Coronary Artery Bypass Graft (CABG)
Contributing Author, Cardiothoracic Surgeon
Most patients learn of their need for coronary artery surgery after they present to the ER complaining of chest pain, shortness of breath or pain radiating to their jaw or down the left arm. Other patients notice a pressure-like sensation often described as an elephant standing on their chest. An EKG is usually requested and this study may show the general area of the heart which is at risk.
The muscle in this area of the heart may show characteristic electrical changes that alert the physician to possible heart damage. If the patient is thought to have an acute heart attack or MI, thrombolytic therapy or clot-buster drugs may be given in the ER to dissolve blood clots in the coronary arteries. Once stabilized, the patient is usually scheduled by the cardiologist for a cardiac catheterization.
Cardiac caths are routine x-ray studies during which a small amount of dye is placed in the coronary arteries to search for blockages. If the blockages cannot be handled by balloon angioplasty or stents or atherectomy techniques, then surgery is recommended to bypass the blocked arteries. The patient also may undergo an echocardiogram prior to surgery and following surgery to determine the overall contractility of the heart muscle.
Since the early 1960ties, the operation to bypass blocked arteries in the heart has been called coronary artery bypass grafting or C. A. B. G. In recent years, cardiologists have been able to balloon open or angioplasty many blockages in the main coronary arteries and, on some occasions, an atherectomy technique has been available to actually cut away the plaque in these arteries. Despite all of these technical improvements, coronary artery bypass surgery still remains the most frequently performed cardiac surgery in the United States.
Saphenous veins from the legs and internal mammary arteries from the chest are usually used as grafts. In 1980, Loop and associates at the Cleveland Clinic reported a series of 646 patients who were restudied 48 months after their surgery. They noted that 81% of vein grafts harvested from the legs remained open or patent at that time interval. The patency of internal mammary artery grafts for the same period was 95%. The internal mammary artery is a small artery which is detached from beneath the breast bone and can be used to bypass some of the blocked vessels found on the surface of the heart.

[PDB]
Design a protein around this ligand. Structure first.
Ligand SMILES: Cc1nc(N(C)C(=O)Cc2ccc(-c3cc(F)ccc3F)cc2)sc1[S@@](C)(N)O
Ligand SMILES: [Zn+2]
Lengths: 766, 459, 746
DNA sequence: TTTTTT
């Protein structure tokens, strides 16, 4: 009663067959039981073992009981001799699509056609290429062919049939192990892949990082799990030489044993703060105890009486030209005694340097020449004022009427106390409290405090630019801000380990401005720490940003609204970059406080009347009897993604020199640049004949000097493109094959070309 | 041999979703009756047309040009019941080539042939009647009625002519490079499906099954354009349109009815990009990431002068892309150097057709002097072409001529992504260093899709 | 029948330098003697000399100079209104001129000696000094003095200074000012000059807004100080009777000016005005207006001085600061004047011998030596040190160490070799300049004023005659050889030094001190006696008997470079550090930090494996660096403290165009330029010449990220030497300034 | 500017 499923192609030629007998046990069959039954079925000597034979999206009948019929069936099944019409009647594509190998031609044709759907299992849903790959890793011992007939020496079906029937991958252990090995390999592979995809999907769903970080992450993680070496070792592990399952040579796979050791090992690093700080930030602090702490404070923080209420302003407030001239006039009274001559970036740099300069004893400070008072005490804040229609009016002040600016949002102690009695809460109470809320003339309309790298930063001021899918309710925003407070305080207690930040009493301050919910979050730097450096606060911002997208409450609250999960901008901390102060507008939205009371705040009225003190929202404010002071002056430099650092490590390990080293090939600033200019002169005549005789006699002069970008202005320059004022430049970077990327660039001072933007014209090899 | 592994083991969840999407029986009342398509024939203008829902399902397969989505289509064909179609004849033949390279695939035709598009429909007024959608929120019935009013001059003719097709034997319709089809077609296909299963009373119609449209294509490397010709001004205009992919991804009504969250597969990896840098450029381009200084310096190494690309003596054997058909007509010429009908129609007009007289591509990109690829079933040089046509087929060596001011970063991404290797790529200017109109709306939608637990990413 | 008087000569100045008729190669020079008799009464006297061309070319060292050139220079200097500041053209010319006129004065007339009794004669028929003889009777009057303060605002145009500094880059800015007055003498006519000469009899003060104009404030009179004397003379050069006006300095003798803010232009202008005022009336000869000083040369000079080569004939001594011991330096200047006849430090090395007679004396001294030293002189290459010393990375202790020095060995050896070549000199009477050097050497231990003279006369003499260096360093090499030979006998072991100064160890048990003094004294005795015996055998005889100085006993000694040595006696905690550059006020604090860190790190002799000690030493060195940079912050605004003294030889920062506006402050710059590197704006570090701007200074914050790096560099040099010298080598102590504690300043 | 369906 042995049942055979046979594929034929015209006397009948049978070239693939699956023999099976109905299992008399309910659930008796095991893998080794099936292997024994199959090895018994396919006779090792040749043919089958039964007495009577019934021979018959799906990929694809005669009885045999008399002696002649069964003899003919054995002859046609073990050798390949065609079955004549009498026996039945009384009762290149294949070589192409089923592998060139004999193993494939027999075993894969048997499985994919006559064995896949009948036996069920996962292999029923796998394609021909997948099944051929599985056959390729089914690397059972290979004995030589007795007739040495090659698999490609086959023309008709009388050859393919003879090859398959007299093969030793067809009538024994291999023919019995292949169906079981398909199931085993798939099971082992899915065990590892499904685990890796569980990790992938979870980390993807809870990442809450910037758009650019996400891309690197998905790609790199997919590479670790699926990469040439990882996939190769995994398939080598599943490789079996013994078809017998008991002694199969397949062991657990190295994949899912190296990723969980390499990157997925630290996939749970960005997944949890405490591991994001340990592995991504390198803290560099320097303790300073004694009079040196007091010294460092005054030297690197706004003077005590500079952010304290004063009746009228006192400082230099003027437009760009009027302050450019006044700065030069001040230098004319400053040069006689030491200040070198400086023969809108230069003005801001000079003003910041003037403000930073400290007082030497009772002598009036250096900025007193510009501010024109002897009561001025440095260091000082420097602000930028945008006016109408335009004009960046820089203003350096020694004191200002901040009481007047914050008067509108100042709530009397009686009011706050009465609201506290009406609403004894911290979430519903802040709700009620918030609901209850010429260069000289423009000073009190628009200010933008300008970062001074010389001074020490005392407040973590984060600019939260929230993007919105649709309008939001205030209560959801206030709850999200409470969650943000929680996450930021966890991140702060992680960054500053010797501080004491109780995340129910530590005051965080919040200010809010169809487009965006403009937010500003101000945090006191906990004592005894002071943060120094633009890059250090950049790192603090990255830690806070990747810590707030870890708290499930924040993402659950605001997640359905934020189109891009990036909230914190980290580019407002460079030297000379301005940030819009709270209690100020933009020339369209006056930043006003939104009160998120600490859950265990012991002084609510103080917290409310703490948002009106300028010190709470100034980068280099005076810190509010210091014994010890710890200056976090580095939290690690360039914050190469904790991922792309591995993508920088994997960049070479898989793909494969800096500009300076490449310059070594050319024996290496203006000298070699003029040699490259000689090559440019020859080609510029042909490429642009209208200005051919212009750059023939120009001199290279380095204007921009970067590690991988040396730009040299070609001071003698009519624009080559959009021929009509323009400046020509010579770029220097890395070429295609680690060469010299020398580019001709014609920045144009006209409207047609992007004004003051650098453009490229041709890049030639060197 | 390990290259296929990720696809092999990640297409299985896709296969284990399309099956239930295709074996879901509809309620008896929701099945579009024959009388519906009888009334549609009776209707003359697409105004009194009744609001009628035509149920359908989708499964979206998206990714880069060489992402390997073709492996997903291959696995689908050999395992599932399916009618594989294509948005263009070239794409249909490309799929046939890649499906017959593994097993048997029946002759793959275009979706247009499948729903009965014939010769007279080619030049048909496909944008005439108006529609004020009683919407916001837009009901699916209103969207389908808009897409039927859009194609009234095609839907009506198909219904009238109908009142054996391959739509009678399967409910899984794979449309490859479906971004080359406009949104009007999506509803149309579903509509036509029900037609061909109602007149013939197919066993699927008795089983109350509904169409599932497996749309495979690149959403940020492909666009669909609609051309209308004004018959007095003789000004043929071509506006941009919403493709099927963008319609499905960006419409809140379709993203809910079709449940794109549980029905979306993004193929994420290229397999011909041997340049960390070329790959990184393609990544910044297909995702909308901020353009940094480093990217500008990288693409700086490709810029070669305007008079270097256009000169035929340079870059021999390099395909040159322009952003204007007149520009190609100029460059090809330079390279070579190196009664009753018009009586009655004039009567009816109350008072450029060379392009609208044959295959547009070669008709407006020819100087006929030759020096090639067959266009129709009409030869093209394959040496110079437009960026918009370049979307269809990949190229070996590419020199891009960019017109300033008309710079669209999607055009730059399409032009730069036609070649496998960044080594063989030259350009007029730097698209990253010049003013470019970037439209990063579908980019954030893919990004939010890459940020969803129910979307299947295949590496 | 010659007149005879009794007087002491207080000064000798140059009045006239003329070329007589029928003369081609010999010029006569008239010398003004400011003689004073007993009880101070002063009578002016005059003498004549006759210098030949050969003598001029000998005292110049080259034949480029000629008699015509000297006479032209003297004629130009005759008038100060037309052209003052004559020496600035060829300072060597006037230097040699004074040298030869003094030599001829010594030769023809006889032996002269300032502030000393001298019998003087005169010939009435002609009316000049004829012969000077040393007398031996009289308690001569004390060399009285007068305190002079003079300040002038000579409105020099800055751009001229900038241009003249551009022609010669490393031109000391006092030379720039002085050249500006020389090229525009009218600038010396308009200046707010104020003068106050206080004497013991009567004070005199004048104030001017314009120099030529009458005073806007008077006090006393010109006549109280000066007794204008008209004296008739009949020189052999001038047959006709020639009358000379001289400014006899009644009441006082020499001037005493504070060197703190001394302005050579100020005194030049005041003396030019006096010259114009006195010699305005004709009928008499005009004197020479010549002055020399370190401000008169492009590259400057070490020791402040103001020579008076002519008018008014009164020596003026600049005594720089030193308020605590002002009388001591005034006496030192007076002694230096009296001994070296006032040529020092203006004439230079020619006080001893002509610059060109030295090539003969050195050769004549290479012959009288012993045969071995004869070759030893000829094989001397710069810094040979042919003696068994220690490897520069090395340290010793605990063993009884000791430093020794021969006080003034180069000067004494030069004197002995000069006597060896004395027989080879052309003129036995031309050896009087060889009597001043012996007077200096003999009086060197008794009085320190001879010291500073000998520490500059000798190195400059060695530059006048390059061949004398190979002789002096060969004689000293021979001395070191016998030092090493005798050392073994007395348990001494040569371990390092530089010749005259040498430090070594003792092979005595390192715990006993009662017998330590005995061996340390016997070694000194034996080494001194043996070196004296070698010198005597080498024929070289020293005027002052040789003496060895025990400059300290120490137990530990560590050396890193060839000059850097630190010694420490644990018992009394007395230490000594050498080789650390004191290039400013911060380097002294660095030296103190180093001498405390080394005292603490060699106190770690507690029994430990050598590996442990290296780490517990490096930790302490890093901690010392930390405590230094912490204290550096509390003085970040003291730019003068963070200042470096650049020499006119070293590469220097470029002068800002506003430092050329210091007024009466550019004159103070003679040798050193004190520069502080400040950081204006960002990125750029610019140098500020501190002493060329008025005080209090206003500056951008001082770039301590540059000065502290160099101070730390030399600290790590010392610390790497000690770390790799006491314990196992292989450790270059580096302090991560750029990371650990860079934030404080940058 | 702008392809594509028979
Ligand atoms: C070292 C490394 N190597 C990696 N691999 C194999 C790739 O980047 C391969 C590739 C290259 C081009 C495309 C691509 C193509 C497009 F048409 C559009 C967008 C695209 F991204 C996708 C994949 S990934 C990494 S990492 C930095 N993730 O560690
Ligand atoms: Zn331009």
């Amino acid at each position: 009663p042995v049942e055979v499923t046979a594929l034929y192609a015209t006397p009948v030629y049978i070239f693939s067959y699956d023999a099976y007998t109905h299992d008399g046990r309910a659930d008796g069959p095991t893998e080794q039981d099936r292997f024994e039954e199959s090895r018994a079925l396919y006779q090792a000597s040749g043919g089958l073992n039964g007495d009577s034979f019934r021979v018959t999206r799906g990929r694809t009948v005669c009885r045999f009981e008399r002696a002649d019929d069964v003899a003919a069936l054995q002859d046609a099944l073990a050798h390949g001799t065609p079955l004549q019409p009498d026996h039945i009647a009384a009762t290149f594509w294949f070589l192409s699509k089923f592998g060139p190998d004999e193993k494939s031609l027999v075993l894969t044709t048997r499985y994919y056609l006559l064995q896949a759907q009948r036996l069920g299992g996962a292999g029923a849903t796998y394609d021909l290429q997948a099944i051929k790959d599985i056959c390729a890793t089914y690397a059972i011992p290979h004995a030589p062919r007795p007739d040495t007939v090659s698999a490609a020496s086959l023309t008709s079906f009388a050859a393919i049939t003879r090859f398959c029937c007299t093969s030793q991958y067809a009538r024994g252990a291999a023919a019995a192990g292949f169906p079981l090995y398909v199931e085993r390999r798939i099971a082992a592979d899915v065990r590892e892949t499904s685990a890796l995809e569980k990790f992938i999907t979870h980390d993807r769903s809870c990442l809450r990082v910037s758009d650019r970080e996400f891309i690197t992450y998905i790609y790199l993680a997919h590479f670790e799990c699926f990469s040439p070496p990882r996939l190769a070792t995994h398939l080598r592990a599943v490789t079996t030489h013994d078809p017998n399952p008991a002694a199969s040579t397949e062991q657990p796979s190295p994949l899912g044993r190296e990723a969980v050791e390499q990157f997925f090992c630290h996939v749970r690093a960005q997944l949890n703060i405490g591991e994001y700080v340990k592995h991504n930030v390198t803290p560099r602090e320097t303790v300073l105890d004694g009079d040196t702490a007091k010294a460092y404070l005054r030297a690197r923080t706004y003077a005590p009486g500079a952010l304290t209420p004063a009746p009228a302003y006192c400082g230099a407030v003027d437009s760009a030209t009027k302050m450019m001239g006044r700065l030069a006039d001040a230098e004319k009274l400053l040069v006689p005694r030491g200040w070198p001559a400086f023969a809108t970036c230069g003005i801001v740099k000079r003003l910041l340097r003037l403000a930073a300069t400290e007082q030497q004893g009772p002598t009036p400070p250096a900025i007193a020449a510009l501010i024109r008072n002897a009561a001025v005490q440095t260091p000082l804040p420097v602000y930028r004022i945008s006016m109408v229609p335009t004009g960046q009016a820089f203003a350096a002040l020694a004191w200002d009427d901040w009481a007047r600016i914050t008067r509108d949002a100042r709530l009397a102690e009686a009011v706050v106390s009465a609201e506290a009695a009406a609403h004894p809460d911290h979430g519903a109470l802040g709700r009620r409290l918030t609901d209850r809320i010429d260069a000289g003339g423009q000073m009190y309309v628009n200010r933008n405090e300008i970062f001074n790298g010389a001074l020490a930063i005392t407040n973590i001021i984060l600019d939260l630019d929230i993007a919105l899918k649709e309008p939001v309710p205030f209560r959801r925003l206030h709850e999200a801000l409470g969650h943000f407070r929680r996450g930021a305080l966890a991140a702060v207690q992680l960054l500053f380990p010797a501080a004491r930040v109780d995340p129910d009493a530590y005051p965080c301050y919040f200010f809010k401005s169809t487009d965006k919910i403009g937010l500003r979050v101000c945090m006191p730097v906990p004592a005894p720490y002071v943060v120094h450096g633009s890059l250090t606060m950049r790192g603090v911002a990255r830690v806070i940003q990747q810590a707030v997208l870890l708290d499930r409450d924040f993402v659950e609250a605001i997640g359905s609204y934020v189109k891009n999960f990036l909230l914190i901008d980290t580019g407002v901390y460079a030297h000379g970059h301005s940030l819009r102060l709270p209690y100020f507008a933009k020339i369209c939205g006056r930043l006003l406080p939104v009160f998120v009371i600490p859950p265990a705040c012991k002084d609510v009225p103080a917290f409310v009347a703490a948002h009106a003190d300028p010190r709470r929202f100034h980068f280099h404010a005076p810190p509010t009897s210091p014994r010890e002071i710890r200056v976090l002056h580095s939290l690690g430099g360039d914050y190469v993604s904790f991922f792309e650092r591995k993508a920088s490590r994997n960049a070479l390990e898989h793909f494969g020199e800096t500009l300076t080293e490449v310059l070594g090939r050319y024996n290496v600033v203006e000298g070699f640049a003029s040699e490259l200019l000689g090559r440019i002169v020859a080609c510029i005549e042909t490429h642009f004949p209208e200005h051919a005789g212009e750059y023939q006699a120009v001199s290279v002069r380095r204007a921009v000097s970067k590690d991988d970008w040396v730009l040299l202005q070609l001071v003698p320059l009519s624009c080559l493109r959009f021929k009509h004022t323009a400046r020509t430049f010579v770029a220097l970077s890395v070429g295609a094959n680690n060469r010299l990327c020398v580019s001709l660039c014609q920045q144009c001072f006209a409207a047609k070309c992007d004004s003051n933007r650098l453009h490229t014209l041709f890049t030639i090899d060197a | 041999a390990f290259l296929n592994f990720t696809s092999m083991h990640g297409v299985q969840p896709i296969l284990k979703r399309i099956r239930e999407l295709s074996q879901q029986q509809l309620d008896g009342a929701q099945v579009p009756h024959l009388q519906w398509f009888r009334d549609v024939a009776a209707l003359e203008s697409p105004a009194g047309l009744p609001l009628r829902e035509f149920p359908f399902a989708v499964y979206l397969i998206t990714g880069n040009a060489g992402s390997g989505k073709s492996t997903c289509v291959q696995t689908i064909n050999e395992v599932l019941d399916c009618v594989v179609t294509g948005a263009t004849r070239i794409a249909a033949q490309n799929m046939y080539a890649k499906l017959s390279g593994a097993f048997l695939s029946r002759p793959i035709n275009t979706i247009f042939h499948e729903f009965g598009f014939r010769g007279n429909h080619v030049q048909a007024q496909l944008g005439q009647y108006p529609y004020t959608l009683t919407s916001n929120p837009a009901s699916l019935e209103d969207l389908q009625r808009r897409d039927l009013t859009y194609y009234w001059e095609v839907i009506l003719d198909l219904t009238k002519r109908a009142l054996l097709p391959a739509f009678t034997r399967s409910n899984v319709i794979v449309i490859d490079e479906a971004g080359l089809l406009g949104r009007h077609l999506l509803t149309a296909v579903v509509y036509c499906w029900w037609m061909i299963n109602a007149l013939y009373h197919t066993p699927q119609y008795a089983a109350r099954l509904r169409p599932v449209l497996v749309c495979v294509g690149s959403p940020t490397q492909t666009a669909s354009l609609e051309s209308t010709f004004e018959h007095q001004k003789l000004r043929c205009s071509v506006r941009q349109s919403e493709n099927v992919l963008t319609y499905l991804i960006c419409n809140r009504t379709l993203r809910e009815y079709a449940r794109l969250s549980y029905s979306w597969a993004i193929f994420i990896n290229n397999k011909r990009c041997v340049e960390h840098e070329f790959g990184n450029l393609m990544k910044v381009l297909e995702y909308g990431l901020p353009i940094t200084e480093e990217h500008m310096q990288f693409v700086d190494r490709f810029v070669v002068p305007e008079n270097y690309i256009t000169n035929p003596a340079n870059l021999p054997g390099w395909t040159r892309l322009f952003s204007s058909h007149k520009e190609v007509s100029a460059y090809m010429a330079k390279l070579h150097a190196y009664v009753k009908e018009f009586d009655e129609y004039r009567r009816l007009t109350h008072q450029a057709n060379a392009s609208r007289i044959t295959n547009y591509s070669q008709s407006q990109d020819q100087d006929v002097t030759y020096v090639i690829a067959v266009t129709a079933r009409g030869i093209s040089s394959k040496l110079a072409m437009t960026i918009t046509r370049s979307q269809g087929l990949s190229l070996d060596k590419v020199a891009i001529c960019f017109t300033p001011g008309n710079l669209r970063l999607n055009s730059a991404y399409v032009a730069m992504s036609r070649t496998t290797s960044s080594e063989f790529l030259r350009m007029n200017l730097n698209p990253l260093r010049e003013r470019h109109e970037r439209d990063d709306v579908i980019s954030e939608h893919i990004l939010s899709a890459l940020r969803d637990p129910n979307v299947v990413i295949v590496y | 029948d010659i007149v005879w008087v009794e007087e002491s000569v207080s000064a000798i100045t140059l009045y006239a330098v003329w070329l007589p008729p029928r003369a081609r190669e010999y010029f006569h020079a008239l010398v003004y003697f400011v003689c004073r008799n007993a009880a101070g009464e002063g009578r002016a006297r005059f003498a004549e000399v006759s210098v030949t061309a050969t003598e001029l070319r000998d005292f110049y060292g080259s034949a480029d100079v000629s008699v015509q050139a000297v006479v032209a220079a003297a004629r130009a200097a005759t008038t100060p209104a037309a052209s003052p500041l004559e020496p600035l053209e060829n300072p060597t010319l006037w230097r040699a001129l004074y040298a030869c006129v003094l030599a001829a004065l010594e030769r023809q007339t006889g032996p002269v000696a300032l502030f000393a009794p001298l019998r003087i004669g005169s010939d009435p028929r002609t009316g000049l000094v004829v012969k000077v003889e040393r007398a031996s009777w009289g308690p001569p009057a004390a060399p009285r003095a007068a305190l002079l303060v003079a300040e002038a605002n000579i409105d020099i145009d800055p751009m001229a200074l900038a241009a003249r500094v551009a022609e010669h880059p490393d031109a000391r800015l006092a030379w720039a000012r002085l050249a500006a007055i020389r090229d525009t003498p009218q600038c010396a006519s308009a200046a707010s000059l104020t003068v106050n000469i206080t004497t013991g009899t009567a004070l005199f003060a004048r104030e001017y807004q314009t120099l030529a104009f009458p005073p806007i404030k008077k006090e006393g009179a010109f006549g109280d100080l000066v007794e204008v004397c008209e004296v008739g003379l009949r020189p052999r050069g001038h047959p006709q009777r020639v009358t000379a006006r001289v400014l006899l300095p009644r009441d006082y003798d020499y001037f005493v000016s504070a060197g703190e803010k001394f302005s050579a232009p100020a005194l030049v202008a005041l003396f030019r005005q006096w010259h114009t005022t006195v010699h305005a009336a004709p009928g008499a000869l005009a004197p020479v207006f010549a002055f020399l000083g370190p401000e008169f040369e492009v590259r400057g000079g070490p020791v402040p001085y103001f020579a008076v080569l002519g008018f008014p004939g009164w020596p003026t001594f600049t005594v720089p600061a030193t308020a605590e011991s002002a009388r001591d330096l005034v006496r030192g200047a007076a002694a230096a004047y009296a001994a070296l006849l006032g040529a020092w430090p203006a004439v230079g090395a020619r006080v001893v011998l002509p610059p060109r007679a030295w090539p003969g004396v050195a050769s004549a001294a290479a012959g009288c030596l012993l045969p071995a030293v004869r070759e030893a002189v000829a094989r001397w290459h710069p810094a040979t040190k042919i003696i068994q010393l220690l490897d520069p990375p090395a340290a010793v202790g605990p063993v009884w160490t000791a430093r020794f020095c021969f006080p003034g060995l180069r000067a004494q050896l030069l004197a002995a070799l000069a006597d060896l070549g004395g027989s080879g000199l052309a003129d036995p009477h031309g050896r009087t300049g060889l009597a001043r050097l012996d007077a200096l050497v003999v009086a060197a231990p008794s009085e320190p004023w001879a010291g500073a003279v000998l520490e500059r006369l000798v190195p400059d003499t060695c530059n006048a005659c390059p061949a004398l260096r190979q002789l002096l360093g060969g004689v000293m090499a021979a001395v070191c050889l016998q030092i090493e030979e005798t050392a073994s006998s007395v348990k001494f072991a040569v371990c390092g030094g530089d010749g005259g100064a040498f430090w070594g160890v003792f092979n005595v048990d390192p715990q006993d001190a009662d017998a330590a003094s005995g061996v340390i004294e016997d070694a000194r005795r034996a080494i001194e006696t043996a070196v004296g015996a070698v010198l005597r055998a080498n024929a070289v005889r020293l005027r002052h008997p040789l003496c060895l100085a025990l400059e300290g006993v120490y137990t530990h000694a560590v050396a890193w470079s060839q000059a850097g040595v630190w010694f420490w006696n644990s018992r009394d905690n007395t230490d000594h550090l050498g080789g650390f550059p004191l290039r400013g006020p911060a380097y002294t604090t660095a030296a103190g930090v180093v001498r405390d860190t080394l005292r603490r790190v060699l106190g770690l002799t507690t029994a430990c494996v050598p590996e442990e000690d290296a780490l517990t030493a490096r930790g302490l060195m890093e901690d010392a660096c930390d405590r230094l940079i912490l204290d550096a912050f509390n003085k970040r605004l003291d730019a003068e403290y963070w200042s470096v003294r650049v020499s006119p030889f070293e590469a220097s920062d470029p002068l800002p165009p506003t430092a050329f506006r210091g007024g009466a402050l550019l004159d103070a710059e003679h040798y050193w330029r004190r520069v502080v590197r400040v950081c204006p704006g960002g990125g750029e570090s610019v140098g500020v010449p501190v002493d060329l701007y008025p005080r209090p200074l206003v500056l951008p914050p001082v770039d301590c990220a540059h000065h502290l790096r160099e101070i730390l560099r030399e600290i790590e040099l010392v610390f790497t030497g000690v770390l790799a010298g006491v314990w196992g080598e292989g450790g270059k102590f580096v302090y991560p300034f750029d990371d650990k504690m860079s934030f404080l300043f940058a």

In 2000, some 20 years later, the patency rate for vein grafts has improved to about 89% at one year and internal mammary artery graft s remain open 97% of the time. The reason for the superior long-term results of internal mammary artery bypass grafts is because the artery is mobilized for grafting along with the small arteries and veins which feed it, the chest wall fat and muscle.
This technique maintains the homeostasis of the artery and its endothelium or inner lining remains intact. Free grafts such as saphenous vein grafts or radial artery grafts do not have this pedicle and are subject to ischemia or sloughing of their endothelial linings. Unfortunately, endothelial damage can lead to stricture or occlusion of the artery or accelerated atherosclerosis. The point being that internal mammary bypass provides the best conduit to supply blood to the heart and this seems to hold up over time better than any other type of material. Plastic grafts, while often used in peripheral vascular surgery, do not stay open because of the small sizes need for coronary bypass surgery.
Now for the bad news. There are several disadvantages that limit internal mammary artery grafting. One is the technical problem of mobilizing the artery. Secondly, there are only two internal mammary arteries and their length is often not sufficient to reach the back wall of the heart well. A third problem is that flow through the internal mammary artery must be equivalent to the flow in the artery to be grafted.
In other words you must have a pretty good size match for this technique to work and the bypass to stay open. In diabetic patients or patients with severe emphysema or fragile breast bones, the artery may be of poor quality and not suitable for grafting purposes.
If you have chest pain which is new in onset, or a pressure sensation often accompanied by sweating and the feeling that something is wrong go to the nearest ER.
If your EKG suggests an acute MI, you may be told that you need a clot buster like t-PA to dissolve blood clots.
The next step in your workup may well be a trip to the cath lab to discover the exact location of blockages in the coronary arteries of your heart.
If your cath films shows several blockages, coronary artery bypass may be your best chance for recovery of most of your cardiac muscle function.
Lastly, saphenous vein grafts or internal mammary grafts should give you a new lease on life, but you will most probably have to change your lifestyle in the future to avoid another trip to the OR in 10 years.